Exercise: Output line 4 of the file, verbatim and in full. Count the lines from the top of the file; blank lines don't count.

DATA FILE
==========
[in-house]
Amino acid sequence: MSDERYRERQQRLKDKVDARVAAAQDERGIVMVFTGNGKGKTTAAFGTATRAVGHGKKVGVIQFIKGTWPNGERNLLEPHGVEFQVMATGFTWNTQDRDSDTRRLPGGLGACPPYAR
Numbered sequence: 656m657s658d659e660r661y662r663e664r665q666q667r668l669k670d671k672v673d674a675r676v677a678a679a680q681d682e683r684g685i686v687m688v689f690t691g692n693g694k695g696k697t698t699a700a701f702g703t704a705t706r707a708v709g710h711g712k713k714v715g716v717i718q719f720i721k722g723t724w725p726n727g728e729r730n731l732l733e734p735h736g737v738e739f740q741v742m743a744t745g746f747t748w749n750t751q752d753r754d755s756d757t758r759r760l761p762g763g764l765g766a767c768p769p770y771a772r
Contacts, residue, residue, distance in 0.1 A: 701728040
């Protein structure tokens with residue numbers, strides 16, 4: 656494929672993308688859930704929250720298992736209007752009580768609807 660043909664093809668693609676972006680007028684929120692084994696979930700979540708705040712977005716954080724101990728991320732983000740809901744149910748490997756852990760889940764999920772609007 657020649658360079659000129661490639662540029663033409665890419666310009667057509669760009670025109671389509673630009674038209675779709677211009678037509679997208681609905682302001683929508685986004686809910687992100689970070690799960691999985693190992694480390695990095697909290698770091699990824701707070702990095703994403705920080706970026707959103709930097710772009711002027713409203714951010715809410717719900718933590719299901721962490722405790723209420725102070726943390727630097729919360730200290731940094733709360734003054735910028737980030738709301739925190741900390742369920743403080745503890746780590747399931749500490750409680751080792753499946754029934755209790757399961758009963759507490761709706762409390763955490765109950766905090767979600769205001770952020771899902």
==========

Contacts, residue, residue, distance in 0.1 A: 701728040